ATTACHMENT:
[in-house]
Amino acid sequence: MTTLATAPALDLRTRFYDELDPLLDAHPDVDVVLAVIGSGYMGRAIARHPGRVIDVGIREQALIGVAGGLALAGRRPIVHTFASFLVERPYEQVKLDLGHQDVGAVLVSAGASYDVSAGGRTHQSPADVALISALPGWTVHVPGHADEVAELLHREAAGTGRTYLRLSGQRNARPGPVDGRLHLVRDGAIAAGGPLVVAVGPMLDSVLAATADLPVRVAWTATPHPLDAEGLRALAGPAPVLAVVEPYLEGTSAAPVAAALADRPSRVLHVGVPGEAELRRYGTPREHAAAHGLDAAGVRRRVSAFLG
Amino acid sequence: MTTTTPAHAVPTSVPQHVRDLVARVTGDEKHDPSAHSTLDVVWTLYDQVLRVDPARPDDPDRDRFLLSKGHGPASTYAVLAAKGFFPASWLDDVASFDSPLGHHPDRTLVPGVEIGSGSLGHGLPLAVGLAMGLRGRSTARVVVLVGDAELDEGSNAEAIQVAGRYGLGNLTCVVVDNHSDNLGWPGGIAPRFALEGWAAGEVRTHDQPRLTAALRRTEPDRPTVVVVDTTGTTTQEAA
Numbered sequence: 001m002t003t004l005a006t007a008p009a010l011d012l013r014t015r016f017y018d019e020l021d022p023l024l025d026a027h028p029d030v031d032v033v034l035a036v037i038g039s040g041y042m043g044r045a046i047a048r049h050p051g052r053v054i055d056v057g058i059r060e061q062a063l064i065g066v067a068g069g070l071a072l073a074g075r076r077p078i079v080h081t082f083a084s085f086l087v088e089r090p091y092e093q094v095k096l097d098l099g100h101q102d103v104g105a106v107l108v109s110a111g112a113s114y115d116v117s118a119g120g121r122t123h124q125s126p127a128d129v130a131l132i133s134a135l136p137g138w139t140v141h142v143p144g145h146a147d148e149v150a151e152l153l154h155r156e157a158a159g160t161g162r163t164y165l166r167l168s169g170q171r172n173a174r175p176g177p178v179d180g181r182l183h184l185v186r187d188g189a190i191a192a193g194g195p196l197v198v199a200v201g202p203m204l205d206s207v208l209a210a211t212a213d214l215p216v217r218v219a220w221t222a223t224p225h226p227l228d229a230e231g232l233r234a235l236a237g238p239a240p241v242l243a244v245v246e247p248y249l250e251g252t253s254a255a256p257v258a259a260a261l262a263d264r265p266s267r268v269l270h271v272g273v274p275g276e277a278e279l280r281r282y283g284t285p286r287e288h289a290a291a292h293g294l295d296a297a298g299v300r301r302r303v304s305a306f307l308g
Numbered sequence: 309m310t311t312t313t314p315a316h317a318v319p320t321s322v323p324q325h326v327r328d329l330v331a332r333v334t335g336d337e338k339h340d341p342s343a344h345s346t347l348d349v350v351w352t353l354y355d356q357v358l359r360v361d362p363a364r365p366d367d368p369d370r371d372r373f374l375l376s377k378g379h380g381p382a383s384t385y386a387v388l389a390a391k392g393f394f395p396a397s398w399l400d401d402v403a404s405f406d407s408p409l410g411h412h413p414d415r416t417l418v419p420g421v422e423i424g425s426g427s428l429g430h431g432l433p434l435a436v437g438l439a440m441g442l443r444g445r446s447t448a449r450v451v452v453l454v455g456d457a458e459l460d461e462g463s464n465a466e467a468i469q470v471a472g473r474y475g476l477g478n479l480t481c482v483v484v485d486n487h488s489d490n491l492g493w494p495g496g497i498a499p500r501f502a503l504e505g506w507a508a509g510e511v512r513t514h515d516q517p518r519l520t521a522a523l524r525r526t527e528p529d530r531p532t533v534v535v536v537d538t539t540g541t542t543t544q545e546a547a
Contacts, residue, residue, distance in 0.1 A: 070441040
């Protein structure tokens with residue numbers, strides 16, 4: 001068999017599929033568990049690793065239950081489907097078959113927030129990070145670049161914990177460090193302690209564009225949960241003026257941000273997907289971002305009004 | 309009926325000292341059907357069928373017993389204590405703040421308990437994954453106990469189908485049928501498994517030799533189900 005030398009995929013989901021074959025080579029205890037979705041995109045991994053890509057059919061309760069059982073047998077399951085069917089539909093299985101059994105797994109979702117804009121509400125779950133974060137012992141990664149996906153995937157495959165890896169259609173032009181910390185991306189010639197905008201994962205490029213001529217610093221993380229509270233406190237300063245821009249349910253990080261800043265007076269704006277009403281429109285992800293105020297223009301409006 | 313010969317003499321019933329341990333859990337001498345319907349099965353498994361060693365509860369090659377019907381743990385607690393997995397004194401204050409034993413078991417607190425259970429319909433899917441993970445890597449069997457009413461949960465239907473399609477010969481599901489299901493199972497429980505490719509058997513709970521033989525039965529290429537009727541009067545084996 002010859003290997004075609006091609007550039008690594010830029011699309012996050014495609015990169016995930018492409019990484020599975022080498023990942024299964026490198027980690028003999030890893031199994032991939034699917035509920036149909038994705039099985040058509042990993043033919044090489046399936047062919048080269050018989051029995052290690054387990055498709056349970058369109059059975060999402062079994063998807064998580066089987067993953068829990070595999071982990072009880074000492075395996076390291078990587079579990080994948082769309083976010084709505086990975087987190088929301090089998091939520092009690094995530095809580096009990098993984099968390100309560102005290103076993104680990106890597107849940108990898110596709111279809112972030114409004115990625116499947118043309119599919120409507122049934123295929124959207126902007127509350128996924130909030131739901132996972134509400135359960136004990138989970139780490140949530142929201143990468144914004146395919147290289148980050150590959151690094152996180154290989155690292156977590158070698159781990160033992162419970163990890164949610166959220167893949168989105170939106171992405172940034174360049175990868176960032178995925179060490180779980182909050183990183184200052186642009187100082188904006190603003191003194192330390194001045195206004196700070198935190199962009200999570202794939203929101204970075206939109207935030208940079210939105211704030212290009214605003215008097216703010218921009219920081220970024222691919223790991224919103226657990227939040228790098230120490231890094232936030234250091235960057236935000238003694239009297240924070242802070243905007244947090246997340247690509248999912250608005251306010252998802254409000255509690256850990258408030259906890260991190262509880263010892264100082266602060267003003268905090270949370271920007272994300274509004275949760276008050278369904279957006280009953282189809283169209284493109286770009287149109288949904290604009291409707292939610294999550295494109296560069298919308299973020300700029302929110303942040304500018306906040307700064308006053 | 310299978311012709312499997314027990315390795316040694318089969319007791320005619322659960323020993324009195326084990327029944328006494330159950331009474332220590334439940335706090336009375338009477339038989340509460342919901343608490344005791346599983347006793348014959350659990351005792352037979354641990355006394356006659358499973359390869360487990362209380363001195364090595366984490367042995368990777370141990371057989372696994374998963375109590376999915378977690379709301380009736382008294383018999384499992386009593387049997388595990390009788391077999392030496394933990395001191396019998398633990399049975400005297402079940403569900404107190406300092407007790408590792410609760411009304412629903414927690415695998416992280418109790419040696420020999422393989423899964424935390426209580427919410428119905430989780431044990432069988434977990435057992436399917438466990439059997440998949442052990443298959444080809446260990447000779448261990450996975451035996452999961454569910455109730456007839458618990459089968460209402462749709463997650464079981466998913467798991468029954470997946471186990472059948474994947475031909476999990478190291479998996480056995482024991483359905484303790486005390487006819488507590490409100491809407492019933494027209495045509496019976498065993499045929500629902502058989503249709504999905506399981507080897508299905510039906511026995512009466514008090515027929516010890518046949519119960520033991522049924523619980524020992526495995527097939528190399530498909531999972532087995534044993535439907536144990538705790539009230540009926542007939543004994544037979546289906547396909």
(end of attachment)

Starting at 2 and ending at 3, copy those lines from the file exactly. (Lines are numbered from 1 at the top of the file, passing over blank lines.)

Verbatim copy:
Amino acid sequence: MTTLATAPALDLRTRFYDELDPLLDAHPDVDVVLAVIGSGYMGRAIARHPGRVIDVGIREQALIGVAGGLALAGRRPIVHTFASFLVERPYEQVKLDLGHQDVGAVLVSAGASYDVSAGGRTHQSPADVALISALPGWTVHVPGHADEVAELLHREAAGTGRTYLRLSGQRNARPGPVDGRLHLVRDGAIAAGGPLVVAVGPMLDSVLAATADLPVRVAWTATPHPLDAEGLRALAGPAPVLAVVEPYLEGTSAAPVAAALADRPSRVLHVGVPGEAELRRYGTPREHAAAHGLDAAGVRRRVSAFLG
Amino acid sequence: MTTTTPAHAVPTSVPQHVRDLVARVTGDEKHDPSAHSTLDVVWTLYDQVLRVDPARPDDPDRDRFLLSKGHGPASTYAVLAAKGFFPASWLDDVASFDSPLGHHPDRTLVPGVEIGSGSLGHGLPLAVGLAMGLRGRSTARVVVLVGDAELDEGSNAEAIQVAGRYGLGNLTCVVVDNHSDNLGWPGGIAPRFALEGWAAGEVRTHDQPRLTAALRRTEPDRPTVVVVDTTGTTTQEAA